They left us in Tripoli and gave us 450 Libyan dinars (about £75), barely enough to last two weeks.
UNHCR said we were going to live safe in this city, but for us, Tripoli is neither free nor safe.
The neighbourhood of Gargaresh is full of drug addicts, finding work is very difficult, and people point guns or knives at you and they can even kill you.
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Danger and uncertainty
Some of us preferred to return to a detention centre rather than risk our lives on the streets of Tripoli. I lived in an abandoned building with 110 other refugees, mostly Eritreans. We were sometimes 12 per room.
“So many died in Libya during the three years I spent there. Today, I am safe in Europe. I have a job. I'm free. But I lost a lot, I can’t get back what I lost.”
One day we went to the UNHCR office to ask for help and we were robbed by militiamen manning a checkpoint in the town. Some of us tried to work, but we weren't paid or our money was stolen. It happened to me in the hospital where I worked as a cleaner.
A militia commander even tried to recruit me into his forces to fight alongside them. We fled Eritrea not to become soldiers, how could we make war in Libya?
The period of the coronavirus pandemic has also been terrible for us.
Those who used to work couldn’t find jobs anymore. Some were imprisoned and beaten. Employers were afraid that black Africans would infect them with corona. We were thin because of other diseases and lack of food, but when people saw us in the streets, they believed we had corona.
I was still waiting for UNHCR to contact me to get me out of Libya. I waited for two years and five months and nothing happened. Why stay in Libya if UNHCR is not calling me?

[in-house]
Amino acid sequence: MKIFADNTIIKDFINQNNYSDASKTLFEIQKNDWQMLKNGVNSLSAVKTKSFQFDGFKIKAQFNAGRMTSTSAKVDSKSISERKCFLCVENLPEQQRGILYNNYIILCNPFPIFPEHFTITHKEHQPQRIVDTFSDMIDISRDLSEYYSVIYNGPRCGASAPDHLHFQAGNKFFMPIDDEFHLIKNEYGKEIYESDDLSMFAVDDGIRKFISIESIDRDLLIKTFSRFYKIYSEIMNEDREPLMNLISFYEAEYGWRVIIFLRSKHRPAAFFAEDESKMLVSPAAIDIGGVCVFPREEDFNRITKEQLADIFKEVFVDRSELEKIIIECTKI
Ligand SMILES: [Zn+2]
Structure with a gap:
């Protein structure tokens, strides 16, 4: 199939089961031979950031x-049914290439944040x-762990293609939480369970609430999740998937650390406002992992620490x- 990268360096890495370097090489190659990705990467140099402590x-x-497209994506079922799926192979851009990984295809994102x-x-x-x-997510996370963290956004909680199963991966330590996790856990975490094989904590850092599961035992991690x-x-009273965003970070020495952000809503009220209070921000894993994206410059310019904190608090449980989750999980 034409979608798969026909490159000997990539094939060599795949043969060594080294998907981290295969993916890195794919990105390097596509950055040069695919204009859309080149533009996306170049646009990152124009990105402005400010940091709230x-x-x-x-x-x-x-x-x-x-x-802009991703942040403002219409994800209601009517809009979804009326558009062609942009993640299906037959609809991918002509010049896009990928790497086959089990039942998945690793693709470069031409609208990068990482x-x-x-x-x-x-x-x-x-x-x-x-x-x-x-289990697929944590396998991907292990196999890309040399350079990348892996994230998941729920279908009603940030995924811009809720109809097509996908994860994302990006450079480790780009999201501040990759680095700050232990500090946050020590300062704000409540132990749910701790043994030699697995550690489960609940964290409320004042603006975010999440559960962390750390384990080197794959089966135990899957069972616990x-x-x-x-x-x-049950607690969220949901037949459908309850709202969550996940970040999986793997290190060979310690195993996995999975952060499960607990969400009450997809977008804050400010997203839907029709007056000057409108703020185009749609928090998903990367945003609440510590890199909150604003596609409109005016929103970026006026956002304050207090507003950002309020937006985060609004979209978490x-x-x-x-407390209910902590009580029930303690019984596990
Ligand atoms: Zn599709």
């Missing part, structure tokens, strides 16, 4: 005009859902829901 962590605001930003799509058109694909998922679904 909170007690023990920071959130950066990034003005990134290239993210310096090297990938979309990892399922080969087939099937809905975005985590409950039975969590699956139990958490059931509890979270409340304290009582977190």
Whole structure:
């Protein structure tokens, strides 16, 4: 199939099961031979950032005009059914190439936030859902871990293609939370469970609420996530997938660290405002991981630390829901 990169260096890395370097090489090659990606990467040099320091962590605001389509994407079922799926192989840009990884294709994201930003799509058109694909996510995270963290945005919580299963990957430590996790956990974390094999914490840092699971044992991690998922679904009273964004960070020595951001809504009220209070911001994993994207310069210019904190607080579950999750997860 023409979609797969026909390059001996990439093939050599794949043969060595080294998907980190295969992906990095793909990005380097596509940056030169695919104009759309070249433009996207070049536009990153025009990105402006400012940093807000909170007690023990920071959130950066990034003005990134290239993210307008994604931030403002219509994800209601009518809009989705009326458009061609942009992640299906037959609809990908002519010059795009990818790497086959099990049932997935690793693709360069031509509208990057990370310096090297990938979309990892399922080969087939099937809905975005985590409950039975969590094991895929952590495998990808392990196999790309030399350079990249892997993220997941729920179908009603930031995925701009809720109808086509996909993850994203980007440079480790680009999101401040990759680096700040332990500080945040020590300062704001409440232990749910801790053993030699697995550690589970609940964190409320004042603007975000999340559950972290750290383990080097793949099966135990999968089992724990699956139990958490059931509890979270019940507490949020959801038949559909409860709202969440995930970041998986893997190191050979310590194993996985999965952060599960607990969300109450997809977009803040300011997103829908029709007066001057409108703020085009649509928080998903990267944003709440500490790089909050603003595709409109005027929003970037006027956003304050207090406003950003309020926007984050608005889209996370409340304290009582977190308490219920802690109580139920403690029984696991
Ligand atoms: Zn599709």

Trying to cross the sea is facing death, but staying in Libya is facing death too. If the refugees attempt the crossing, it is because they are desperate. I was desperate.
In November 2020, I finally decided to attempt the crossing again. I boarded a boat with 100 migrants. We reached the island of Lampedusa in Italy on our own.
Many of my comrades are still stuck in Libya.
Of the 40 who were evacuated with me from Zintan, two died of tuberculosis in Tripoli. Two others disappeared in the Mediterranean. A friend was captured by the Libyan coastguard and locked up again in a detention centre. Three managed to cross, like me. As far as I know, only four have been selected for resettlement by UNHCR.
So many died in Libya during the three years I spent there. Today, I am safe in Europe. I have a job. I'm free. But I lost a lot, I can’t get back what I lost.
MSF, refugees and displaced people
An unprecedented 89.3 million people around the world have been forced from their homes – around one in every 88 people.
The reasons vary, but violence and conflict; natural disasters; or extreme weather events can all mean that it is no longer safe to stay where you are.
An estimated 27.1 million of these displaced people are refugees: people who have had to travel to a new country to find safety. Worldwide, over half of all refugees are under the age of 18.